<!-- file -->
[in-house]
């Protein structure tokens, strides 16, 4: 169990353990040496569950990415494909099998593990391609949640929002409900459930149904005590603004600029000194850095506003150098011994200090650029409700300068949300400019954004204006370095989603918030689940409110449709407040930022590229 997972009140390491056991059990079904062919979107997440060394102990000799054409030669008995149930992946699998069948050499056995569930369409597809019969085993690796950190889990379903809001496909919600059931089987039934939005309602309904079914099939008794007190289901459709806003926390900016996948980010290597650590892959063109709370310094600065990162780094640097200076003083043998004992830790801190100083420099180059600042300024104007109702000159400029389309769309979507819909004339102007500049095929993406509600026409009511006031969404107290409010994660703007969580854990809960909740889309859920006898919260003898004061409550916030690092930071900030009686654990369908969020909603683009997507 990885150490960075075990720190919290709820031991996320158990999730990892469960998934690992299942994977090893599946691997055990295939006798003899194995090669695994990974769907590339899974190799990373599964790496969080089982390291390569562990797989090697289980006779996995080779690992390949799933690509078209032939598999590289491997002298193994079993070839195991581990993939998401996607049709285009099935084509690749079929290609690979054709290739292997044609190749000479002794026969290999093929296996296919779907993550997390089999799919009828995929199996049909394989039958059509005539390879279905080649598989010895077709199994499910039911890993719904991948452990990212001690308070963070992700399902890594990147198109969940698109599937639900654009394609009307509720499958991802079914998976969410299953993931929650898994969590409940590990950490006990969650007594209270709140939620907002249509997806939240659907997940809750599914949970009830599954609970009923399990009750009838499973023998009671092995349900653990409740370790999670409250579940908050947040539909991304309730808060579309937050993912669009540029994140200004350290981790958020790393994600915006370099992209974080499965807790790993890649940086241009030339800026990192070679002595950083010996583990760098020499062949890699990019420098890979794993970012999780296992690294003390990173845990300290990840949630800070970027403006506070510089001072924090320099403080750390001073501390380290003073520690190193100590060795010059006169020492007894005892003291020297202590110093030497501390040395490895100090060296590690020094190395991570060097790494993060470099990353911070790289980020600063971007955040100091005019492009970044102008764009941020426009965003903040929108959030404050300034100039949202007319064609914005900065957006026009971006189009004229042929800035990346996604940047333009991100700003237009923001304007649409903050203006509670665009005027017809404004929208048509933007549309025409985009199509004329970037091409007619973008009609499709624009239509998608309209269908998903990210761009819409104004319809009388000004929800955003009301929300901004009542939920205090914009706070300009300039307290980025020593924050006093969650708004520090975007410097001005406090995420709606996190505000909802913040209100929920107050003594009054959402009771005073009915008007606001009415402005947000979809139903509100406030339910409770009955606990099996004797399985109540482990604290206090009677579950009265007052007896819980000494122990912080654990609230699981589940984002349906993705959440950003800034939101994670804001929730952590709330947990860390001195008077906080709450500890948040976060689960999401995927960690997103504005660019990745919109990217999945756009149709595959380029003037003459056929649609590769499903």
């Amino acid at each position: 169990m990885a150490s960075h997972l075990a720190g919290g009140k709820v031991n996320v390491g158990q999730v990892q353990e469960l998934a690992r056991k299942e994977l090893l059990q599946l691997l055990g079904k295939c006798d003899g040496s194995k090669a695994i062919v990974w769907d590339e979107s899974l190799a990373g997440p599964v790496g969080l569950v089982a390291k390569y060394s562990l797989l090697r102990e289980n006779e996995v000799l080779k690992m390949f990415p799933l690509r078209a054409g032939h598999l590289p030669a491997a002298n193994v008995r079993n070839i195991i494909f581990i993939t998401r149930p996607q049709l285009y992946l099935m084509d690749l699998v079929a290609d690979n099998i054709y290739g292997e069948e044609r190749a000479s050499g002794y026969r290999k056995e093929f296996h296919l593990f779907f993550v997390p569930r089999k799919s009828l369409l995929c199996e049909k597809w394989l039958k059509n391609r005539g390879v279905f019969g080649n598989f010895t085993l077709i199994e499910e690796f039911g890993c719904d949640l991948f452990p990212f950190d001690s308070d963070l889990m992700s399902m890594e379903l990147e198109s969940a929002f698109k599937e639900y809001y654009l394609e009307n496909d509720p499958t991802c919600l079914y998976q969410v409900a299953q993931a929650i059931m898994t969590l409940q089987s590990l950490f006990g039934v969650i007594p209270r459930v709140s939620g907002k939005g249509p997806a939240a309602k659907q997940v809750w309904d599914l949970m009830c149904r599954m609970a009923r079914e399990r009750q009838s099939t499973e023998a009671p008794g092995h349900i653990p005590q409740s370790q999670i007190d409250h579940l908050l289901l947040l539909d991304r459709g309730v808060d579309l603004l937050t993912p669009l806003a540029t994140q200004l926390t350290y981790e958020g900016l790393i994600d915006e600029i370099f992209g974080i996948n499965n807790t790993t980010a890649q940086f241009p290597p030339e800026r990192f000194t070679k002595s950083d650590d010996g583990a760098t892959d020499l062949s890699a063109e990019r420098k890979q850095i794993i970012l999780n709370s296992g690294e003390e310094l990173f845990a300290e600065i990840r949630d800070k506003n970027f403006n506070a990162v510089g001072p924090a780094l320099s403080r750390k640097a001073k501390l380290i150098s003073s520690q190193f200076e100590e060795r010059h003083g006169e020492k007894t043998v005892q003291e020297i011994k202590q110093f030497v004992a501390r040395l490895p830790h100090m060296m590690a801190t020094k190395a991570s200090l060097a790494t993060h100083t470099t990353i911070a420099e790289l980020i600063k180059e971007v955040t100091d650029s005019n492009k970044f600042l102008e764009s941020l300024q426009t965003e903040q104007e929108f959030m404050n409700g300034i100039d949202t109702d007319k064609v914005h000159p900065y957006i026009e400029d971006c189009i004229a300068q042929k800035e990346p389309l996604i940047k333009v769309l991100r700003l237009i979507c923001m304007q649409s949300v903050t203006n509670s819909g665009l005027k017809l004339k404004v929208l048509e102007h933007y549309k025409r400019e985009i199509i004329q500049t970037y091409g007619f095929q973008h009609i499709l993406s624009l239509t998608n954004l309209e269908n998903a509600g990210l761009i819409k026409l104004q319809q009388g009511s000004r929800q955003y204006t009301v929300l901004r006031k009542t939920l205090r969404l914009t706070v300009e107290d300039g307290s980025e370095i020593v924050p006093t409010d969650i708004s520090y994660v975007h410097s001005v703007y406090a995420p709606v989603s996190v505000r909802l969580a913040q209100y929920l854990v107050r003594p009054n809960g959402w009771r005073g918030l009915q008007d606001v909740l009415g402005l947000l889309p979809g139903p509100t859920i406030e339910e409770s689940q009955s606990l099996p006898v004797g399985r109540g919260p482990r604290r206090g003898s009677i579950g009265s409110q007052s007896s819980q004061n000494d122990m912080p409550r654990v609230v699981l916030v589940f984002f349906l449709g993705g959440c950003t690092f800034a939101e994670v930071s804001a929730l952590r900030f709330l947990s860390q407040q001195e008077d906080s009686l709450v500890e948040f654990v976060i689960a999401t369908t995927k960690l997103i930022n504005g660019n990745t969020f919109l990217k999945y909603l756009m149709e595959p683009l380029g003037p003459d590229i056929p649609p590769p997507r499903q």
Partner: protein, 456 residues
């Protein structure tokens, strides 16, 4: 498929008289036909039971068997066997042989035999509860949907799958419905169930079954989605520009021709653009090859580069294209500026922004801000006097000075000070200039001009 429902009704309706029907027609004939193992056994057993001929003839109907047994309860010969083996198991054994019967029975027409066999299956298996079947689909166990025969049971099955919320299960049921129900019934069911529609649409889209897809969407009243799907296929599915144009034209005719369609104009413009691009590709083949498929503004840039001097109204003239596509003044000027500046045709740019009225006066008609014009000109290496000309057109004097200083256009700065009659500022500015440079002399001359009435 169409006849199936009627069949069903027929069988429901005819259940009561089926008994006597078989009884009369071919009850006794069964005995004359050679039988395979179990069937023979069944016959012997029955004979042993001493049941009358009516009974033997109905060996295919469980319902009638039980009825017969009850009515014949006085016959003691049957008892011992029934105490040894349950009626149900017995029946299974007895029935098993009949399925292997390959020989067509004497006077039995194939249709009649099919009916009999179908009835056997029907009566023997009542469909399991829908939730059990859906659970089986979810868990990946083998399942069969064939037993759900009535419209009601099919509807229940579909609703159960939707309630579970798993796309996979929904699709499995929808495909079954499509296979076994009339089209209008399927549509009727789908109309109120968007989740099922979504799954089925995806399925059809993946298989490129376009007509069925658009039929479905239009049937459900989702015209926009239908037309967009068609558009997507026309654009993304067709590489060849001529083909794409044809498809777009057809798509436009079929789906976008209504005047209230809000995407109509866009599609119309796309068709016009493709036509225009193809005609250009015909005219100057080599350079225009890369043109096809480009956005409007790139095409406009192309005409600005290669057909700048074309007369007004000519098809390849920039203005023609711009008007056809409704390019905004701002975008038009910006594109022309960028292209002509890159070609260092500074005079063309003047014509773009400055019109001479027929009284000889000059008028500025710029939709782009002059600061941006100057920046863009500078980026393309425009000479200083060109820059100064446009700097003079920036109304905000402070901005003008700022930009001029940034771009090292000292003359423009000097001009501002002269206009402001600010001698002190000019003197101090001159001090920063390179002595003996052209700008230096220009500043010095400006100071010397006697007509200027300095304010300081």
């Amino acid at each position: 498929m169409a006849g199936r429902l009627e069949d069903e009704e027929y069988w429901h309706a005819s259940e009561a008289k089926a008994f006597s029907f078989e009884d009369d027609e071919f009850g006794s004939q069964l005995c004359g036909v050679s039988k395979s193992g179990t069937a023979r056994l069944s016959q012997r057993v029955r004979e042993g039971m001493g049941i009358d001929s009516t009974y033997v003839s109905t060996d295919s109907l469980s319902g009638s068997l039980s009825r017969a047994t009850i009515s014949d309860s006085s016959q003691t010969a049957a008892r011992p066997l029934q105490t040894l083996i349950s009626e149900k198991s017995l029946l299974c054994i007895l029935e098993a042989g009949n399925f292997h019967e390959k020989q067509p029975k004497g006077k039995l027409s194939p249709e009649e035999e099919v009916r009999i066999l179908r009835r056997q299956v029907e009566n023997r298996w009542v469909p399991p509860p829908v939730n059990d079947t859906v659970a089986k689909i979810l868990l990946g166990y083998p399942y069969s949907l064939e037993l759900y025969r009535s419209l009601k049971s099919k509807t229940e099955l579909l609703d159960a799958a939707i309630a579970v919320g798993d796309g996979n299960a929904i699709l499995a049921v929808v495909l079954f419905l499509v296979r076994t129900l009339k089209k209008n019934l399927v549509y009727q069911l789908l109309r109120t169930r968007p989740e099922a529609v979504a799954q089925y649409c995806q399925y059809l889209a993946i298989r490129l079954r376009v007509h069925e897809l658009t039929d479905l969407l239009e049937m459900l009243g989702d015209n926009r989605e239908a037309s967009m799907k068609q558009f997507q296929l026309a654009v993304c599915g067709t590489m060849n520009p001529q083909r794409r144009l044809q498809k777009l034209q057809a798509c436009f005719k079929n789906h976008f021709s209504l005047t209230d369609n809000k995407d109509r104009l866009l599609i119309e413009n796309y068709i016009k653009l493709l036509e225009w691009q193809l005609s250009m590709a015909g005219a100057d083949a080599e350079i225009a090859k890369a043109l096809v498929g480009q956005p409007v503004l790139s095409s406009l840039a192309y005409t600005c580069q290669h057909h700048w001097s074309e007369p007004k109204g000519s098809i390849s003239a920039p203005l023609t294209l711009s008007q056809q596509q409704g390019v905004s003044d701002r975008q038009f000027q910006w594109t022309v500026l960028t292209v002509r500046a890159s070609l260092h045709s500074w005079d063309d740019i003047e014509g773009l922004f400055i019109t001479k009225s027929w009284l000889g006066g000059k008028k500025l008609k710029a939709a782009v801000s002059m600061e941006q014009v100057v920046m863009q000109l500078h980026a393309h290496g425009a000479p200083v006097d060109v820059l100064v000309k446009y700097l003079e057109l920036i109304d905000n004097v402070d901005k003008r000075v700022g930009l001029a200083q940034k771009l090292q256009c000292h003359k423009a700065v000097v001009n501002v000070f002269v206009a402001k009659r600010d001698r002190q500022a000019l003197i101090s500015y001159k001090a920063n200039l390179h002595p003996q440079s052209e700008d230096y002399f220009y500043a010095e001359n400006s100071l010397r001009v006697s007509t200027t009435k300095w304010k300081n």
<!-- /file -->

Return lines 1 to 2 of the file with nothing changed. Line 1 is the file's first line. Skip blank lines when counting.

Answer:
[in-house]
């Protein structure tokens, strides 16, 4: 169990353990040496569950990415494909099998593990391609949640929002409900459930149904005590603004600029000194850095506003150098011994200090650029409700300068949300400019954004204006370095989603918030689940409110449709407040930022590229 997972009140390491056991059990079904062919979107997440060394102990000799054409030669008995149930992946699998069948050499056995569930369409597809019969085993690796950190889990379903809001496909919600059931089987039934939005309602309904079914099939008794007190289901459709806003926390900016996948980010290597650590892959063109709370310094600065990162780094640097200076003083043998004992830790801190100083420099180059600042300024104007109702000159400029389309769309979507819909004339102007500049095929993406509600026409009511006031969404107290409010994660703007969580854990809960909740889309859920006898919260003898004061409550916030690092930071900030009686654990369908969020909603683009997507 990885150490960075075990720190919290709820031991996320158990999730990892469960998934690992299942994977090893599946691997055990295939006798003899194995090669695994990974769907590339899974190799990373599964790496969080089982390291390569562990797989090697289980006779996995080779690992390949799933690509078209032939598999590289491997002298193994079993070839195991581990993939998401996607049709285009099935084509690749079929290609690979054709290739292997044609190749000479002794026969290999093929296996296919779907993550997390089999799919009828995929199996049909394989039958059509005539390879279905080649598989010895077709199994499910039911890993719904991948452990990212001690308070963070992700399902890594990147198109969940698109599937639900654009394609009307509720499958991802079914998976969410299953993931929650898994969590409940590990950490006990969650007594209270709140939620907002249509997806939240659907997940809750599914949970009830599954609970009923399990009750009838499973023998009671092995349900653990409740370790999670409250579940908050947040539909991304309730808060579309937050993912669009540029994140200004350290981790958020790393994600915006370099992209974080499965807790790993890649940086241009030339800026990192070679002595950083010996583990760098020499062949890699990019420098890979794993970012999780296992690294003390990173845990300290990840949630800070970027403006506070510089001072924090320099403080750390001073501390380290003073520690190193100590060795010059006169020492007894005892003291020297202590110093030497501390040395490895100090060296590690020094190395991570060097790494993060470099990353911070790289980020600063971007955040100091005019492009970044102008764009941020426009965003903040929108959030404050300034100039949202007319064609914005900065957006026009971006189009004229042929800035990346996604940047333009991100700003237009923001304007649409903050203006509670665009005027017809404004929208048509933007549309025409985009199509004329970037091409007619973008009609499709624009239509998608309209269908998903990210761009819409104004319809009388000004929800955003009301929300901004009542939920205090914009706070300009300039307290980025020593924050006093969650708004520090975007410097001005406090995420709606996190505000909802913040209100929920107050003594009054959402009771005073009915008007606001009415402005947000979809139903509100406030339910409770009955606990099996004797399985109540482990604290206090009677579950009265007052007896819980000494122990912080654990609230699981589940984002349906993705959440950003800034939101994670804001929730952590709330947990860390001195008077906080709450500890948040976060689960999401995927960690997103504005660019990745919109990217999945756009149709595959380029003037003459056929649609590769499903």